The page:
Facebook, Wikileaks and the Protection of Information Bill

The people of South Africa recently united to watch a turning point in their country’s democratic history — the passing of the Protection of Information Bill by Parliament — perhaps the gravest offence the democracy has seen in all its seventeen years.

Those of us opposing the bill dubbed it “Black Tuesday”, wearing black in protest and encouraging others to join us in the hopes that the MPs would wake up to the fact that their duty was to vote in the best interests of the people, not to benefit themselves or their back pockets. Many turned to what is widely perceived as the most powerful online platform: Facebook.

Not only is Facebook a way for people to share their lives and maintain relationships, but it’s also become a way for people to rally around a particular cause.

In recent years, journalists and news corporations have recognised the role that Facebook plays in people’s everyday lives and have jumped on to the social media bandwagon, publishing their findings online to expose them further and create public engagement.

If the Constitutional Court, however, passes the Protection of Information Bill for President Jacob Zuma to sign into law, journalists won’t be able to publish their findings on Facebook freely any more.

When we create a Facebook account, we agree to the terms and conditions which state that all information posted and shared on the platform is our own. Regardless of the fact that you give Facebook the right to access it, you have sole responsibility for it. This means that if you publish something on the platform which contradicts the Protection of Information Bill you can personally be convicted for it.

The new and improved Facebook privacy settings mean you will be able to cover your tracks to some extent. You can, for instance, make sure that only your friends can see the information you share and you can create pages or private Facebook groups in order to discuss issues amongst a group of people. This becomes dangerous, however, as pages are public (when found) and intruders can make their way into groups. Again, if your Facebook friends decide to “share” an update or post, the information will no longer fall under the protection of the original privacy settings and can be traced back to them.

You can shout as much as you like about the Secrecy Bill on the platform but if you act against it you will suffer for your actions. Facebook’s safety settings require that every profile on Facebook be created by a traceable individual. This protects it and limits the controversy which surrounds it.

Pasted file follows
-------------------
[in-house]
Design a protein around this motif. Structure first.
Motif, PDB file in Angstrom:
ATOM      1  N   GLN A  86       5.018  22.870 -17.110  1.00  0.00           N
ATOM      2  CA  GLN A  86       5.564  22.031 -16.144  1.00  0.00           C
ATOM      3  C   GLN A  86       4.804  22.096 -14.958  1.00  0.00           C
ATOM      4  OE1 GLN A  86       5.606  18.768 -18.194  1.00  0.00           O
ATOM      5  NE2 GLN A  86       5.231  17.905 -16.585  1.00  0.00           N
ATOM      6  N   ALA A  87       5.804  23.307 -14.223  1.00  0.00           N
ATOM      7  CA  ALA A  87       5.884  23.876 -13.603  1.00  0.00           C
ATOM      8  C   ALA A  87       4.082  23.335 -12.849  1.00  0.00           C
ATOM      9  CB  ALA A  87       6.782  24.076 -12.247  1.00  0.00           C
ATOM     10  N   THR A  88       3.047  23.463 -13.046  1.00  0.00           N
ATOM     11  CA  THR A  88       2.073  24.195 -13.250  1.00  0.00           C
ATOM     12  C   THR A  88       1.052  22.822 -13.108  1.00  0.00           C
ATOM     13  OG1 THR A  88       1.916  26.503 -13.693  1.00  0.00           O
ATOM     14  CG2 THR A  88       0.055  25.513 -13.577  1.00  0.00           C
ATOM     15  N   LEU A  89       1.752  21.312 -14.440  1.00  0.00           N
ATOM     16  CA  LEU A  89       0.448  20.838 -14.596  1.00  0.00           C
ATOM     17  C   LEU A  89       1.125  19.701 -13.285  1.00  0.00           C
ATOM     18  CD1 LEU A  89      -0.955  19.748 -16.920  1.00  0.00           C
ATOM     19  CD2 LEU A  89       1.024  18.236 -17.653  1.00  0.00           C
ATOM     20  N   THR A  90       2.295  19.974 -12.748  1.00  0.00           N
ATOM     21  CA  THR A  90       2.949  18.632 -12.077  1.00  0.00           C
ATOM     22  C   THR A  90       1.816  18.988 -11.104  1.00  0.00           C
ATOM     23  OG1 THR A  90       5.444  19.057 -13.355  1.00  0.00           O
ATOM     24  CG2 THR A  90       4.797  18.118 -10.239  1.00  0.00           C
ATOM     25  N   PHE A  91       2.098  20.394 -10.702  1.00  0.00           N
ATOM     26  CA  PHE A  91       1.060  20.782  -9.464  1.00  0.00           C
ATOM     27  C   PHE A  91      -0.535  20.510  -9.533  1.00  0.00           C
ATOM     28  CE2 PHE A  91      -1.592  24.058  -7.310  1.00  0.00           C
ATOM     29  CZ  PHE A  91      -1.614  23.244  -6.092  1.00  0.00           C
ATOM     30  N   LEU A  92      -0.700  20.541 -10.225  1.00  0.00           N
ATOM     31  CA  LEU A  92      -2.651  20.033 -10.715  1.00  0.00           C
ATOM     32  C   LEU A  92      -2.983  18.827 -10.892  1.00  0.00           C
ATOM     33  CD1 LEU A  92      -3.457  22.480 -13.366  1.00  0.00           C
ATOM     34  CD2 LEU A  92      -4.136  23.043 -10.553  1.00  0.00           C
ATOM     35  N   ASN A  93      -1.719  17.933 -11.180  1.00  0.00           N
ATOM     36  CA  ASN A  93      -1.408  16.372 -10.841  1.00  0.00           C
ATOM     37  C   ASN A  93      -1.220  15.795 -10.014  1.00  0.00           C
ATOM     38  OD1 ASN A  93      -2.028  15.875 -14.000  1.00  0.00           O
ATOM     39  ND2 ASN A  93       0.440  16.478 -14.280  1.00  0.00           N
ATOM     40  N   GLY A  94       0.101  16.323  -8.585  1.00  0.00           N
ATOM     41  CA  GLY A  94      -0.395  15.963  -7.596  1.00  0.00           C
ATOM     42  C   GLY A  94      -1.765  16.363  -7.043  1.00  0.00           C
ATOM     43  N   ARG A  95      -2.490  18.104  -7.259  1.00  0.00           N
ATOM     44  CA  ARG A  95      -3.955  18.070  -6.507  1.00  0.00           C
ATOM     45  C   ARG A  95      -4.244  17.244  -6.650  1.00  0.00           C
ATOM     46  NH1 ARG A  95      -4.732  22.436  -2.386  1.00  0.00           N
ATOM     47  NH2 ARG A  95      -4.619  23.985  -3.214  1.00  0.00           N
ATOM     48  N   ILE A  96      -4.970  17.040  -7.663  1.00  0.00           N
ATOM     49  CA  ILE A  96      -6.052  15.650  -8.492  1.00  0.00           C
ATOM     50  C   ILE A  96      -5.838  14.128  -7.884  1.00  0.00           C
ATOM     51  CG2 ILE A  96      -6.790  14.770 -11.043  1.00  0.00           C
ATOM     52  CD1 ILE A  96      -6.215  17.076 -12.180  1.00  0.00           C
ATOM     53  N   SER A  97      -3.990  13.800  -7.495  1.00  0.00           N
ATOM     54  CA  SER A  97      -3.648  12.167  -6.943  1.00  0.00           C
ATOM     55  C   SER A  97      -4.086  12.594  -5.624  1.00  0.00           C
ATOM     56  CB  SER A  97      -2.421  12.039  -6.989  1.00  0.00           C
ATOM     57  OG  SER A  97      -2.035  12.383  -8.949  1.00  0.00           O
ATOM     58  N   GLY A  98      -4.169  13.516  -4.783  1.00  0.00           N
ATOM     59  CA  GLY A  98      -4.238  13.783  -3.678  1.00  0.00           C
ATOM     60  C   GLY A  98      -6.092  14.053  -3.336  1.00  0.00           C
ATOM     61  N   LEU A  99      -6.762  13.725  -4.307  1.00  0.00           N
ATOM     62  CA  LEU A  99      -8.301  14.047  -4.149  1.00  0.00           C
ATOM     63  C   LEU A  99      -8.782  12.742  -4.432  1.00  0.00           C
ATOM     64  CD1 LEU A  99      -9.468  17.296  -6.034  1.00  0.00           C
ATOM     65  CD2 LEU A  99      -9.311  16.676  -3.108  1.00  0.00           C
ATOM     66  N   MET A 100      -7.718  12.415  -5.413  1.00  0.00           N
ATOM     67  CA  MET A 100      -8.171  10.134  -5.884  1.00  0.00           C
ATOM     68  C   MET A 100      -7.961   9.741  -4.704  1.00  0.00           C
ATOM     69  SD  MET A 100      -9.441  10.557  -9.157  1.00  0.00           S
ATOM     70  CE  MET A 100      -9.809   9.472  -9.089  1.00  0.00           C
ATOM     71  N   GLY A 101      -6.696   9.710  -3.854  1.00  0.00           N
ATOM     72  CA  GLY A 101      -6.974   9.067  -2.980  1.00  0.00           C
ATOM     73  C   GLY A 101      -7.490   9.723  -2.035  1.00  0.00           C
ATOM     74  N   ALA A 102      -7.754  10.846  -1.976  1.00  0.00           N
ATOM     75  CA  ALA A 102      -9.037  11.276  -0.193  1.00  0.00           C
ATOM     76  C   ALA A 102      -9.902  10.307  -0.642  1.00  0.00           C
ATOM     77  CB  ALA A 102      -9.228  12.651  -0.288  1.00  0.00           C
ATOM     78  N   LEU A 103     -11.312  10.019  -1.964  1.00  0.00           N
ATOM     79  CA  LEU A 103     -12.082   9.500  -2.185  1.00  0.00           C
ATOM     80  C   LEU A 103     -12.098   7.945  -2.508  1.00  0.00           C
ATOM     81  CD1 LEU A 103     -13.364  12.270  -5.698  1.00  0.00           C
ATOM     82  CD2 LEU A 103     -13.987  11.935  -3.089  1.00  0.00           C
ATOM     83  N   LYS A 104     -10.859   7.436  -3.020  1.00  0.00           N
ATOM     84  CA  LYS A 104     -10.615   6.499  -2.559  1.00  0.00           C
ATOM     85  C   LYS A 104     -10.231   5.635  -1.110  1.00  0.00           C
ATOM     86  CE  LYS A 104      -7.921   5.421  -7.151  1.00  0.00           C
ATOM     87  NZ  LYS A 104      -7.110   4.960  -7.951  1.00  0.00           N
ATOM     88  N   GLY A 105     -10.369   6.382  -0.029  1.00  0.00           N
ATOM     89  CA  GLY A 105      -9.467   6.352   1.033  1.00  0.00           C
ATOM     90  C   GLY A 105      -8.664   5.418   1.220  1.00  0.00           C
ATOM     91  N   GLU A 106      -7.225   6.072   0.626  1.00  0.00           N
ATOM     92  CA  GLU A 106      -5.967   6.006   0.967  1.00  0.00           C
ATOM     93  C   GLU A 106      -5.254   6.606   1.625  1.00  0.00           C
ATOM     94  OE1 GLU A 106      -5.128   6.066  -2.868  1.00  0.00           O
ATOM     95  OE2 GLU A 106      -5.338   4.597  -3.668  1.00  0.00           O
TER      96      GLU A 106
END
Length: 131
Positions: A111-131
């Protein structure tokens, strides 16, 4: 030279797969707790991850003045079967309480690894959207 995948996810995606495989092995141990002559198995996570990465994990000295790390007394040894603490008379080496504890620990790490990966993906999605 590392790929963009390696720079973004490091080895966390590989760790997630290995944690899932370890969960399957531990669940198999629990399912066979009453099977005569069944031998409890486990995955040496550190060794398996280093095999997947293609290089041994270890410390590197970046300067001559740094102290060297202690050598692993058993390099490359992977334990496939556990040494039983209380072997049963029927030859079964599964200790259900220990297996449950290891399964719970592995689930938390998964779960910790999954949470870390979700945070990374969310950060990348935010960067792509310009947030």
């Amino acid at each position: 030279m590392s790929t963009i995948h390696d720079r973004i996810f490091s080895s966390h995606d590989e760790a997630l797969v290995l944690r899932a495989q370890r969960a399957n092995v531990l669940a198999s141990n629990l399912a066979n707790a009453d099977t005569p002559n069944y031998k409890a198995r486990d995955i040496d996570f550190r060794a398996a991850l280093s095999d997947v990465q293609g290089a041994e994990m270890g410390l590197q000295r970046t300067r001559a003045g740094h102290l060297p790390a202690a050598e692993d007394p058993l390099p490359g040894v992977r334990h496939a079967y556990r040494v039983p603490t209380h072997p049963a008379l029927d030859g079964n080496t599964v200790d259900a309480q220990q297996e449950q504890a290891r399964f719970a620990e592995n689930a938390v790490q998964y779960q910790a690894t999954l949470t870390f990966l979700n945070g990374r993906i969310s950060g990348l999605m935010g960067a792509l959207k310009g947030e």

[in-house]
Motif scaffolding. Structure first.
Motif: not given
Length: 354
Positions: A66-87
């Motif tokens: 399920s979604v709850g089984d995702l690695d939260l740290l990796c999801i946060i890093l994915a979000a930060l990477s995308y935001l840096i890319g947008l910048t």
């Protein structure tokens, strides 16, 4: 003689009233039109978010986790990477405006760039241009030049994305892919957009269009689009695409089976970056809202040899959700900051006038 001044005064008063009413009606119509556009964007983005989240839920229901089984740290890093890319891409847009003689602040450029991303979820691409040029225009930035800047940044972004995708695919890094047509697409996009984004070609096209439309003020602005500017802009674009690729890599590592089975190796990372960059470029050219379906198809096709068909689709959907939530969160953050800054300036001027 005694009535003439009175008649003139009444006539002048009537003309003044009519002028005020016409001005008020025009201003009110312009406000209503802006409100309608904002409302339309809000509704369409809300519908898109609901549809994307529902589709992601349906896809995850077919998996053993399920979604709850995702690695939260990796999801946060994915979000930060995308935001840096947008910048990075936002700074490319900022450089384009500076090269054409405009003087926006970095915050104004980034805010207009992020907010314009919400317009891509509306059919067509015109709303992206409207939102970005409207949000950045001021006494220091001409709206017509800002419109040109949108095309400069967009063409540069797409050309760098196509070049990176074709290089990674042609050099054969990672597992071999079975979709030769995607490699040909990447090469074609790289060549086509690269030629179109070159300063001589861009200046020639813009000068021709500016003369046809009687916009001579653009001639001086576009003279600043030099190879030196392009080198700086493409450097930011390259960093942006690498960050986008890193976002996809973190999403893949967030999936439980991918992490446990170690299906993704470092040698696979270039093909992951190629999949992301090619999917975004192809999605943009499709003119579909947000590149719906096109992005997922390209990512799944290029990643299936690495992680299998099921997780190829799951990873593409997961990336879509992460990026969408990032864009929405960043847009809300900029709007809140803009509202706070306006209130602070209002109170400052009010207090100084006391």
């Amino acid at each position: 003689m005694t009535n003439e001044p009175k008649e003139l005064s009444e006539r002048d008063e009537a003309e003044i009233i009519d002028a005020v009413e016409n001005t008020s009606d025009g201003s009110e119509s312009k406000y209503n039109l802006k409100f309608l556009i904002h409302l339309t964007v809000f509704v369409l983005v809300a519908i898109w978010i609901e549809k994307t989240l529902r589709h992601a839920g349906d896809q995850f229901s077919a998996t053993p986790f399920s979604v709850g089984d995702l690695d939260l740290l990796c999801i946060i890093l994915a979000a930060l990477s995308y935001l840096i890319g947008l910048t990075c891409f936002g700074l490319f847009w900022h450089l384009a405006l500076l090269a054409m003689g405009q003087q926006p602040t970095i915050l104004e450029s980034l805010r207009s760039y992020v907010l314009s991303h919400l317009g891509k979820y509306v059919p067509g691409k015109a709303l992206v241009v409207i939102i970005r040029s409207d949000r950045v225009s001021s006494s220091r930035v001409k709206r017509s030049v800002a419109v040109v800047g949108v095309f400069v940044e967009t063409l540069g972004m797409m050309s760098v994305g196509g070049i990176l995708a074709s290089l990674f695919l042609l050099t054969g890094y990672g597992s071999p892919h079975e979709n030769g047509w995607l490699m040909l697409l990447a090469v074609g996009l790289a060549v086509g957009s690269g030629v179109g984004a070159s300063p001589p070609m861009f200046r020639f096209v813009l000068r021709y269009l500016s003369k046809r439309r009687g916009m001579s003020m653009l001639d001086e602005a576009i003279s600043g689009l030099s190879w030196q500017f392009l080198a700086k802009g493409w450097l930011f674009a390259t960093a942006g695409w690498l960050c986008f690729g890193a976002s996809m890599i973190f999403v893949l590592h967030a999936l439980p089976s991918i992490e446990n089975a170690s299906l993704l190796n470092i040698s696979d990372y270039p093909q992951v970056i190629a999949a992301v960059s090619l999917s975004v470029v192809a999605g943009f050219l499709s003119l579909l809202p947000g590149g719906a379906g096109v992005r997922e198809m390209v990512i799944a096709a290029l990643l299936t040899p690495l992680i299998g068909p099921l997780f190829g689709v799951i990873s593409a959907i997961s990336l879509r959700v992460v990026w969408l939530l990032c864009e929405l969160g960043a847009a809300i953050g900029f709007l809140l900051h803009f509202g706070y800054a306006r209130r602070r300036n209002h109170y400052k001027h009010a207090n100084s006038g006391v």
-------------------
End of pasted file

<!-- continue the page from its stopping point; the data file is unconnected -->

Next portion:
Another social platform has, however, come up with a solution for cases like South Africa’s: Wikileaks. In the media spotlight recently for exposing secrets from within the United States Pentagon, this platform has proven itself to be a reliable publication for anonymous whistle blowers. The whistleblowing site states its beliefs in an open letter:

We believe that free societies everywhere are best served by journalism that holds governments and corporations to account. We assert that the right to publish is equal to, and the consequence of, the citizen’s right to know. While we believe in personal privacy and accept a need for confidentiality, we hold that the disclosure in the public interest is paramount. Liberty, accountability and true democratic choice can only be guaranteed by rigorous scrutiny… The primary duty of journalists everywhere is to advance the cause of understanding, not to assist governments and powerful interests in suppressing information, and never to ingrained habits of secrecy.

Journalists wishing to publish the classified information they’ve come across will be able to do so anonymously through Wikileaks. Committed to protecting personal information and acting purely as a platform which exposes all truths, Wikileaks will undoubtedly become a source of information which South Africans avidly follow and use as a means of exposing the truth without facing a prison sentence of up to 25 years — a terrifying prospect to the bravest of South Africans and, ironically, a sentence almost as long as the one Nelson Mandela served.

If the Protection of Information Bill is passed, South Africa will have an uncertain future and citizens will simply have to find other ways in which to carry out the rights which so many fought for during the Apartheid years: The right to live in a free and fair country which is based on equality and transparency.

You can, however, be sure of one thing: If the Bill is passed it’ll be incredibly difficult to enforce on social media platforms where privacy settings are looked after and anonymity is granted when promoting truthful and ethical journalism.



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